Heart failure in single right ventricle congenital heart disease: physiological and molecular considerations

Garcia AM, Beatty JT, Nakano SJ.

Am J Physiol Heart Circ Physiol. 2020 Apr 1;318(4):H947-H965. doi: 10.1152/ajpheart.00518.2019. Epub 2020 Feb 28.

PMID: 32108525

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Abstract

Because of remarkable surgical and medical advances over the past several decades, there are growing numbers of infants and children living with single ventricle congenital heart disease (SV), where there is only one functional cardiac pumping chamber. Nevertheless, cardiac dysfunction (and ultimately heart failure) is a common complication in the SV population, and pharmacological heart failure therapies have largely been ineffective in mitigating the need for heart transplantation. Given that there are several inherent risk factors for ventricular dysfunction in the setting of SV in addition to probable differences in molecular adaptations to heart failure between children and adults, it is perhaps not surprising that extrapolated adult heart failure medications have had limited benefit in children with SV heart failure. Further investigations into the molecular mechanisms involved in pediatric SV heart failure may assist with risk stratification as well as development of targeted, efficacious therapies specific to this patient population. In this review, we present a brief overview of SV anatomy and physiology, with a focus on patients with a single morphological right ventricle requiring staged surgical palliation. Additionally, we discuss outcomes in the current era, risk factors associated with the progression to heart failure, present state of knowledge regarding molecular alterations in end-stage SV heart failure, and current therapeutic interventions. Potential avenues for improving SV outcomes, including identification of biomarkers of heart failure progression, implications of personalized medicine and stem cell-derived therapies, and applications of novel models of SV disease, are proposed as future directions.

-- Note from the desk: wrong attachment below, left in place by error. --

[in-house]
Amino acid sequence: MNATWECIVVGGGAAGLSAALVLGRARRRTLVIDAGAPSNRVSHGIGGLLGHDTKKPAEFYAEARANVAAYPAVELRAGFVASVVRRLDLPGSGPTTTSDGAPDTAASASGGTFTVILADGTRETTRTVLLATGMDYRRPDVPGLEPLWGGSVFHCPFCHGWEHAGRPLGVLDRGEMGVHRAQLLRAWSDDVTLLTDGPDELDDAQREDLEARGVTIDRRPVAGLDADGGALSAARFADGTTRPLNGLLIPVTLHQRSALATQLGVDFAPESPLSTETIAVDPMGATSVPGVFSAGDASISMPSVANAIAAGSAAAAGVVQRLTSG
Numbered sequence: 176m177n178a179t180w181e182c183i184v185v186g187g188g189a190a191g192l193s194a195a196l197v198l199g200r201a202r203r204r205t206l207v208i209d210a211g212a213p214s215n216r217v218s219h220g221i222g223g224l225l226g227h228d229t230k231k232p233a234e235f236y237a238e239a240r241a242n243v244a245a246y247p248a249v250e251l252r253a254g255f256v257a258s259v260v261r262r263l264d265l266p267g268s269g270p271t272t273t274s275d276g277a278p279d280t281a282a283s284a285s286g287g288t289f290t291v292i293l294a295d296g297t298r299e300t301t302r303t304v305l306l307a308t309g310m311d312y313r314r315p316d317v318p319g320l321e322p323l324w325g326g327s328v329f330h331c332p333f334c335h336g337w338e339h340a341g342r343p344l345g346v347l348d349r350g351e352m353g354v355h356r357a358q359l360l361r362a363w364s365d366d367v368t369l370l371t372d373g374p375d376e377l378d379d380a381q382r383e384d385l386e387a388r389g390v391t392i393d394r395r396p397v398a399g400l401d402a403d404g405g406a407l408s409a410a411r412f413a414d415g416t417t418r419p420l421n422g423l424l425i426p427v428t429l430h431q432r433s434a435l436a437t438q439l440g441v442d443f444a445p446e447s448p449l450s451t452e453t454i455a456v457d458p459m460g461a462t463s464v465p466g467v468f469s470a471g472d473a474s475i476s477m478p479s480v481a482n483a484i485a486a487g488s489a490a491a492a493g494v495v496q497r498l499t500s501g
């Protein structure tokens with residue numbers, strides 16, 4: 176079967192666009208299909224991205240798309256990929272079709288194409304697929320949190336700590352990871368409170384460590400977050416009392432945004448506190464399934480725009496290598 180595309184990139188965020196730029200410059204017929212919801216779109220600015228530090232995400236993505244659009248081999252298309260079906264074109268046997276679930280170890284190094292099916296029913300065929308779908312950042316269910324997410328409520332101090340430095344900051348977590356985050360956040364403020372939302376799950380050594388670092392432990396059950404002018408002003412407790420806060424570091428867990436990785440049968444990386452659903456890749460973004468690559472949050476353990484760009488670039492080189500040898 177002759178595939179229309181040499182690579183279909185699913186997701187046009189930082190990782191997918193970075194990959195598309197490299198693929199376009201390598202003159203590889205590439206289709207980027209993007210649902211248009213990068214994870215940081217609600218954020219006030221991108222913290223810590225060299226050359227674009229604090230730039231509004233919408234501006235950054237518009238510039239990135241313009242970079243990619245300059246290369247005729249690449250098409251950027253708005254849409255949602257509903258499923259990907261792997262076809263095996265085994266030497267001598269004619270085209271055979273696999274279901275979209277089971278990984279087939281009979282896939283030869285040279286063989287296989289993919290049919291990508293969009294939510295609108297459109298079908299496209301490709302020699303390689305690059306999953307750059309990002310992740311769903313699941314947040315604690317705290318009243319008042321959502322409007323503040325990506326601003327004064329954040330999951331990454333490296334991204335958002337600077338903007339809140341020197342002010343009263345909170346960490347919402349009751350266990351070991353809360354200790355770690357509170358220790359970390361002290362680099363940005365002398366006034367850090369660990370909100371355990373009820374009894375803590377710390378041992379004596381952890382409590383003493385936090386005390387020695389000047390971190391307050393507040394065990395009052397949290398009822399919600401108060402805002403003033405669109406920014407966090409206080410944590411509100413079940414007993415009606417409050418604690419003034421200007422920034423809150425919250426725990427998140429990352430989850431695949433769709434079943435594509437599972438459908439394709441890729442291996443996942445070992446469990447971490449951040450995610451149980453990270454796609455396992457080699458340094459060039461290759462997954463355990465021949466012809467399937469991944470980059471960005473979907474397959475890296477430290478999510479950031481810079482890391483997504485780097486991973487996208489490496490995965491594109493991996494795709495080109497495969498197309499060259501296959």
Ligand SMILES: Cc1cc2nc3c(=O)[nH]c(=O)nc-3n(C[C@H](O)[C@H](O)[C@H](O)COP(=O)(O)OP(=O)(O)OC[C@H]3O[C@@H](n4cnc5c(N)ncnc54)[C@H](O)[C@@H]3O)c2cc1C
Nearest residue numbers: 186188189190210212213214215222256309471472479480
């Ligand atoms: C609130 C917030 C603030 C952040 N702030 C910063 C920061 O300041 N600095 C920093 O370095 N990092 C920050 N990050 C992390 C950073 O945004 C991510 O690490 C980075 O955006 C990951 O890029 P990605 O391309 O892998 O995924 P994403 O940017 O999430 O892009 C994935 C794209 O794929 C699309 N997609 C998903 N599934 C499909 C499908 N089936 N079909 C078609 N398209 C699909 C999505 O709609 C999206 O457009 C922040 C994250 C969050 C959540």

source:https://pubmed.ncbi.nlm.nih.gov/32108525/

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